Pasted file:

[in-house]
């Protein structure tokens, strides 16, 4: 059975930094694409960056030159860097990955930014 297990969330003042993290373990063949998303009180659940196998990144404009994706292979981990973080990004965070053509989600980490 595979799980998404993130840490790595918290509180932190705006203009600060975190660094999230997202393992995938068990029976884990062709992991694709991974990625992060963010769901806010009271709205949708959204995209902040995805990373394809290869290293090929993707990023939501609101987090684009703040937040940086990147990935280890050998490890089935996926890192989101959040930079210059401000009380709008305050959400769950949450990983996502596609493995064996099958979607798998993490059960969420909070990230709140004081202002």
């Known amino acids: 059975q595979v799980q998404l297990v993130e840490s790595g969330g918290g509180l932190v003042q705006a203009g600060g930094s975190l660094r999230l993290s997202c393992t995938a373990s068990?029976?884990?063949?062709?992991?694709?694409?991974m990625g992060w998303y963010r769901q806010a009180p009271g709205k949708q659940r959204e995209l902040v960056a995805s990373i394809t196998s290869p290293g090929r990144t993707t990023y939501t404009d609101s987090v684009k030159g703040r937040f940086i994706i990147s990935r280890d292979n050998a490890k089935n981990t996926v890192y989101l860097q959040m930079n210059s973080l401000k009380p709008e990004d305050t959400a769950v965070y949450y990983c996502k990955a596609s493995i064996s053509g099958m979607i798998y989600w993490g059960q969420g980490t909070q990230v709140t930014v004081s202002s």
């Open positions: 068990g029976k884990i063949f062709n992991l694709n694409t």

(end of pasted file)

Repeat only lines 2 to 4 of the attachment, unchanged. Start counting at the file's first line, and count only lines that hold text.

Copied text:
């Protein structure tokens, strides 16, 4: 059975930094694409960056030159860097990955930014 297990969330003042993290373990063949998303009180659940196998990144404009994706292979981990973080990004965070053509989600980490 595979799980998404993130840490790595918290509180932190705006203009600060975190660094999230997202393992995938068990029976884990062709992991694709991974990625992060963010769901806010009271709205949708959204995209902040995805990373394809290869290293090929993707990023939501609101987090684009703040937040940086990147990935280890050998490890089935996926890192989101959040930079210059401000009380709008305050959400769950949450990983996502596609493995064996099958979607798998993490059960969420909070990230709140004081202002």
């Known amino acids: 059975q595979v799980q998404l297990v993130e840490s790595g969330g918290g509180l932190v003042q705006a203009g600060g930094s975190l660094r999230l993290s997202c393992t995938a373990s068990?029976?884990?063949?062709?992991?694709?694409?991974m990625g992060w998303y963010r769901q806010a009180p009271g709205k949708q659940r959204e995209l902040v960056a995805s990373i394809t196998s290869p290293g090929r990144t993707t990023y939501t404009d609101s987090v684009k030159g703040r937040f940086i994706i990147s990935r280890d292979n050998a490890k089935n981990t996926v890192y989101l860097q959040m930079n210059s973080l401000k009380p709008e990004d305050t959400a769950v965070y949450y990983c996502k990955a596609s493995i064996s053509g099958m979607i798998y989600w993490g059960q969420g980490t909070q990230v709140t930014v004081s202002s």
């Open positions: 068990g029976k884990i063949f062709n992991l694709n694409t």